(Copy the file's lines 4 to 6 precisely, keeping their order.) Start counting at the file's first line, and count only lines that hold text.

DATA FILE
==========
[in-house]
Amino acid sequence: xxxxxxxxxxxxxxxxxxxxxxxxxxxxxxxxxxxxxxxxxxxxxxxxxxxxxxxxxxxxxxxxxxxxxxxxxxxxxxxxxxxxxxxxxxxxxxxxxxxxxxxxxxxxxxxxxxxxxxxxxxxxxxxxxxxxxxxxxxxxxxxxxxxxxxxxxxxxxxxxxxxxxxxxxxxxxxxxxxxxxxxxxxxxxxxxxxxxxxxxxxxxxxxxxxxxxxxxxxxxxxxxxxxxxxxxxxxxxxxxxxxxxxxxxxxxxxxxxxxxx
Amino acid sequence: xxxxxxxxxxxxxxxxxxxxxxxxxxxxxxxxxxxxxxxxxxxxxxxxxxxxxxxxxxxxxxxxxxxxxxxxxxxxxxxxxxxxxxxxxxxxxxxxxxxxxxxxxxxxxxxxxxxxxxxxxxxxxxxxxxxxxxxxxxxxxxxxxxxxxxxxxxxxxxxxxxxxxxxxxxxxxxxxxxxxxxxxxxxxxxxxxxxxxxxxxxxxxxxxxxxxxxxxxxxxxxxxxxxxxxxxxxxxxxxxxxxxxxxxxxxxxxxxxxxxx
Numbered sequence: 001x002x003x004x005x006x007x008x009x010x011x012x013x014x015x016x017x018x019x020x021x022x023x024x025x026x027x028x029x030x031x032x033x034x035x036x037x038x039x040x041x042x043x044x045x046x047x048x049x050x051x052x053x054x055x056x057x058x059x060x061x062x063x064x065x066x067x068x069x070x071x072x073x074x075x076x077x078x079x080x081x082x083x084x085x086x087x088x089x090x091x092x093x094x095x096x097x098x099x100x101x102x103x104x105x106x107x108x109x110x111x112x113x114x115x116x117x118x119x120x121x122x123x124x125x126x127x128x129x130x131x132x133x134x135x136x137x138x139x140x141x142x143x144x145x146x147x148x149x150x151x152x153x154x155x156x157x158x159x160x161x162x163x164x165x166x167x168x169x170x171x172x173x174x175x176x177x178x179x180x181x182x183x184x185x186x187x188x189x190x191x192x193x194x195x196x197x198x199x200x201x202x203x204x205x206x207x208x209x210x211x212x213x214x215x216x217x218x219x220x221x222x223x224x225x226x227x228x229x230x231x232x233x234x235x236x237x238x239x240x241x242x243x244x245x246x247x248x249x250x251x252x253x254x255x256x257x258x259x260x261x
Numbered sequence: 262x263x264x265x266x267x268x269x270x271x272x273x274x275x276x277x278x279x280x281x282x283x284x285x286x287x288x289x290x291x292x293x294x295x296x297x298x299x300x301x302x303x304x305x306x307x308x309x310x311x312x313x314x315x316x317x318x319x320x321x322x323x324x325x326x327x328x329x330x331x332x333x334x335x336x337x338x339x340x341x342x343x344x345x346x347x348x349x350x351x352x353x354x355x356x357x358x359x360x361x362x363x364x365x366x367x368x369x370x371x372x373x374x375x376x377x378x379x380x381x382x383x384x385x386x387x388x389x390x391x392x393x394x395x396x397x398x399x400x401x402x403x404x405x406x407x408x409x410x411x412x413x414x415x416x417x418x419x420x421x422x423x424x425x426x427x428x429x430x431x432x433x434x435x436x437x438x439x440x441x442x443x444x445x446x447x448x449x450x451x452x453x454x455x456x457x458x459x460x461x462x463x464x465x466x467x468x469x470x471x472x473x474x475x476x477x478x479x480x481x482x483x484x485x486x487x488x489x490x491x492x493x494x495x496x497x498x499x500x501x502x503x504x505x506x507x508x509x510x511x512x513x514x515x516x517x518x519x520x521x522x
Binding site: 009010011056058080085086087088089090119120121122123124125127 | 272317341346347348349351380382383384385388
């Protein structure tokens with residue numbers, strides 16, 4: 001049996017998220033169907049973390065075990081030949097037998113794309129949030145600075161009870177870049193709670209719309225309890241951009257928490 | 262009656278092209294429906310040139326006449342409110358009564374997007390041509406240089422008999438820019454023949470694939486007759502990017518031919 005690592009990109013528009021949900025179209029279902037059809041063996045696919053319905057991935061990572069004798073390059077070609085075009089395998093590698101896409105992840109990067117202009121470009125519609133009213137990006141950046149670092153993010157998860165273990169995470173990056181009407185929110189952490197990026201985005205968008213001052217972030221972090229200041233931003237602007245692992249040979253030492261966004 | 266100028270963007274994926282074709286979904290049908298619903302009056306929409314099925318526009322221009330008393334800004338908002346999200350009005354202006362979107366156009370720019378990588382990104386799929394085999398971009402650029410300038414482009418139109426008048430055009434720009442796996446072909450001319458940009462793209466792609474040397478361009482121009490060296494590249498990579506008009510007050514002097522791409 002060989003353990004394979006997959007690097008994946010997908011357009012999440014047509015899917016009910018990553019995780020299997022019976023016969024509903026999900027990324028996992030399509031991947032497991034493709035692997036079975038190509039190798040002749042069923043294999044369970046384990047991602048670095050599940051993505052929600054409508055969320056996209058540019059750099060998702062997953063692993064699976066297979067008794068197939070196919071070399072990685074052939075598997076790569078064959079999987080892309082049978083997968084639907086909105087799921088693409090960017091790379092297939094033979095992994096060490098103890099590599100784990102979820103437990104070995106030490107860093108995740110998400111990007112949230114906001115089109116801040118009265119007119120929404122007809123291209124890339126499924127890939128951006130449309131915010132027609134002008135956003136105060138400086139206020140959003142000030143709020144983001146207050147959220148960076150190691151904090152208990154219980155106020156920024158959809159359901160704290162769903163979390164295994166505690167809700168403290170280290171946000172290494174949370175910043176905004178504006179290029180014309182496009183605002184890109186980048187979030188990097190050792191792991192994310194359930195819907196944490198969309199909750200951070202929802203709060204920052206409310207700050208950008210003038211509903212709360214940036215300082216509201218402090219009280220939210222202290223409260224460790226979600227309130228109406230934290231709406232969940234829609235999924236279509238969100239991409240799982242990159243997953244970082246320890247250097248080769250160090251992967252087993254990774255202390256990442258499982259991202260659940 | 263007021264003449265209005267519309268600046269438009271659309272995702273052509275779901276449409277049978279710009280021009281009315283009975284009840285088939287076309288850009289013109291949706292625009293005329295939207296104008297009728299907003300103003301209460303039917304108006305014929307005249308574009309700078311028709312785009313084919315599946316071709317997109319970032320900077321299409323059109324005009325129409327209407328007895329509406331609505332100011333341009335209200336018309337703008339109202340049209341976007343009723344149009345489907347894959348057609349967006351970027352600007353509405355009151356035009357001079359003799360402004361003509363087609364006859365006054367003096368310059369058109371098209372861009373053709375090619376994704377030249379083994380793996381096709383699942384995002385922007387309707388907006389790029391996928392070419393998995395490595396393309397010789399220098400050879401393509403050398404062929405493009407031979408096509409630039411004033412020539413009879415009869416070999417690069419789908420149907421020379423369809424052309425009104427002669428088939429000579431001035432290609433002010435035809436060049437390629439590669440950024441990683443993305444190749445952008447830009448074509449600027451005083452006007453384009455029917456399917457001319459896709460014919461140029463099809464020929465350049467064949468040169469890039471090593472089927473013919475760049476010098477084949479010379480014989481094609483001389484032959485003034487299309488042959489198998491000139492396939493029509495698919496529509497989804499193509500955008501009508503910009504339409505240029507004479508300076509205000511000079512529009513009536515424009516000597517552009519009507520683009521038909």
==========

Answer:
Numbered sequence: 001x002x003x004x005x006x007x008x009x010x011x012x013x014x015x016x017x018x019x020x021x022x023x024x025x026x027x028x029x030x031x032x033x034x035x036x037x038x039x040x041x042x043x044x045x046x047x048x049x050x051x052x053x054x055x056x057x058x059x060x061x062x063x064x065x066x067x068x069x070x071x072x073x074x075x076x077x078x079x080x081x082x083x084x085x086x087x088x089x090x091x092x093x094x095x096x097x098x099x100x101x102x103x104x105x106x107x108x109x110x111x112x113x114x115x116x117x118x119x120x121x122x123x124x125x126x127x128x129x130x131x132x133x134x135x136x137x138x139x140x141x142x143x144x145x146x147x148x149x150x151x152x153x154x155x156x157x158x159x160x161x162x163x164x165x166x167x168x169x170x171x172x173x174x175x176x177x178x179x180x181x182x183x184x185x186x187x188x189x190x191x192x193x194x195x196x197x198x199x200x201x202x203x204x205x206x207x208x209x210x211x212x213x214x215x216x217x218x219x220x221x222x223x224x225x226x227x228x229x230x231x232x233x234x235x236x237x238x239x240x241x242x243x244x245x246x247x248x249x250x251x252x253x254x255x256x257x258x259x260x261x
Numbered sequence: 262x263x264x265x266x267x268x269x270x271x272x273x274x275x276x277x278x279x280x281x282x283x284x285x286x287x288x289x290x291x292x293x294x295x296x297x298x299x300x301x302x303x304x305x306x307x308x309x310x311x312x313x314x315x316x317x318x319x320x321x322x323x324x325x326x327x328x329x330x331x332x333x334x335x336x337x338x339x340x341x342x343x344x345x346x347x348x349x350x351x352x353x354x355x356x357x358x359x360x361x362x363x364x365x366x367x368x369x370x371x372x373x374x375x376x377x378x379x380x381x382x383x384x385x386x387x388x389x390x391x392x393x394x395x396x397x398x399x400x401x402x403x404x405x406x407x408x409x410x411x412x413x414x415x416x417x418x419x420x421x422x423x424x425x426x427x428x429x430x431x432x433x434x435x436x437x438x439x440x441x442x443x444x445x446x447x448x449x450x451x452x453x454x455x456x457x458x459x460x461x462x463x464x465x466x467x468x469x470x471x472x473x474x475x476x477x478x479x480x481x482x483x484x485x486x487x488x489x490x491x492x493x494x495x496x497x498x499x500x501x502x503x504x505x506x507x508x509x510x511x512x513x514x515x516x517x518x519x520x521x522x
Binding site: 009010011056058080085086087088089090119120121122123124125127 | 272317341346347348349351380382383384385388